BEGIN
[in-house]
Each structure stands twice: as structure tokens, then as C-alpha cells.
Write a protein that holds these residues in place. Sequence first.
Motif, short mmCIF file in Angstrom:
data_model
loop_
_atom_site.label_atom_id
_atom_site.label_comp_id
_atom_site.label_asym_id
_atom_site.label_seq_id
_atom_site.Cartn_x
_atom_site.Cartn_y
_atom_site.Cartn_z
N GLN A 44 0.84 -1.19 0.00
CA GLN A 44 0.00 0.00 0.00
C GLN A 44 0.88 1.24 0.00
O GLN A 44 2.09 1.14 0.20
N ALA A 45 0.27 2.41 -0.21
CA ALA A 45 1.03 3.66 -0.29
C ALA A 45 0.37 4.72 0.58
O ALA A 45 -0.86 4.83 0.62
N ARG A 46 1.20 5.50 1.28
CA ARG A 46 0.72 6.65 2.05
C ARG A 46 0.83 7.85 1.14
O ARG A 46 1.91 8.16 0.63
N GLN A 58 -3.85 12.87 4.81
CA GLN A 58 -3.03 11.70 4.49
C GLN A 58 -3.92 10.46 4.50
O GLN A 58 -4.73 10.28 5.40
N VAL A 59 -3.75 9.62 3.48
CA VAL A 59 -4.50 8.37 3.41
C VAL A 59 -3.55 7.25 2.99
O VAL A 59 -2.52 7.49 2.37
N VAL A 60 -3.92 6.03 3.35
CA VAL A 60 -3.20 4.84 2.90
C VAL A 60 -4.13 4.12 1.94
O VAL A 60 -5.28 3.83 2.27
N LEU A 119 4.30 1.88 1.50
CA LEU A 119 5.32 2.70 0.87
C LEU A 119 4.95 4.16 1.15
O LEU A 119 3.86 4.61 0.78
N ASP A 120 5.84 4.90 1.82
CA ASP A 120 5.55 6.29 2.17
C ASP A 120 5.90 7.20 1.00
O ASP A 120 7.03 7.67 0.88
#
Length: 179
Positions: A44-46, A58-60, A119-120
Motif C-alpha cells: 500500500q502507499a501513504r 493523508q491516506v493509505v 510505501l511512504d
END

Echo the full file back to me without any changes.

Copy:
[in-house]
Each structure stands twice: as structure tokens, then as C-alpha cells.
Write a protein that holds these residues in place. Sequence first.
Motif, short mmCIF file in Angstrom:
data_model
loop_
_atom_site.label_atom_id
_atom_site.label_comp_id
_atom_site.label_asym_id
_atom_site.label_seq_id
_atom_site.Cartn_x
_atom_site.Cartn_y
_atom_site.Cartn_z
N GLN A 44 0.84 -1.19 0.00
CA GLN A 44 0.00 0.00 0.00
C GLN A 44 0.88 1.24 0.00
O GLN A 44 2.09 1.14 0.20
N ALA A 45 0.27 2.41 -0.21
CA ALA A 45 1.03 3.66 -0.29
C ALA A 45 0.37 4.72 0.58
O ALA A 45 -0.86 4.83 0.62
N ARG A 46 1.20 5.50 1.28
CA ARG A 46 0.72 6.65 2.05
C ARG A 46 0.83 7.85 1.14
O ARG A 46 1.91 8.16 0.63
N GLN A 58 -3.85 12.87 4.81
CA GLN A 58 -3.03 11.70 4.49
C GLN A 58 -3.92 10.46 4.50
O GLN A 58 -4.73 10.28 5.40
N VAL A 59 -3.75 9.62 3.48
CA VAL A 59 -4.50 8.37 3.41
C VAL A 59 -3.55 7.25 2.99
O VAL A 59 -2.52 7.49 2.37
N VAL A 60 -3.92 6.03 3.35
CA VAL A 60 -3.20 4.84 2.90
C VAL A 60 -4.13 4.12 1.94
O VAL A 60 -5.28 3.83 2.27
N LEU A 119 4.30 1.88 1.50
CA LEU A 119 5.32 2.70 0.87
C LEU A 119 4.95 4.16 1.15
O LEU A 119 3.86 4.61 0.78
N ASP A 120 5.84 4.90 1.82
CA ASP A 120 5.55 6.29 2.17
C ASP A 120 5.90 7.20 1.00
O ASP A 120 7.03 7.67 0.88
#
Length: 179
Positions: A44-46, A58-60, A119-120
Motif C-alpha cells: 500500500q502507499a501513504r 493523508q491516506v493509505v 510505501l511512504d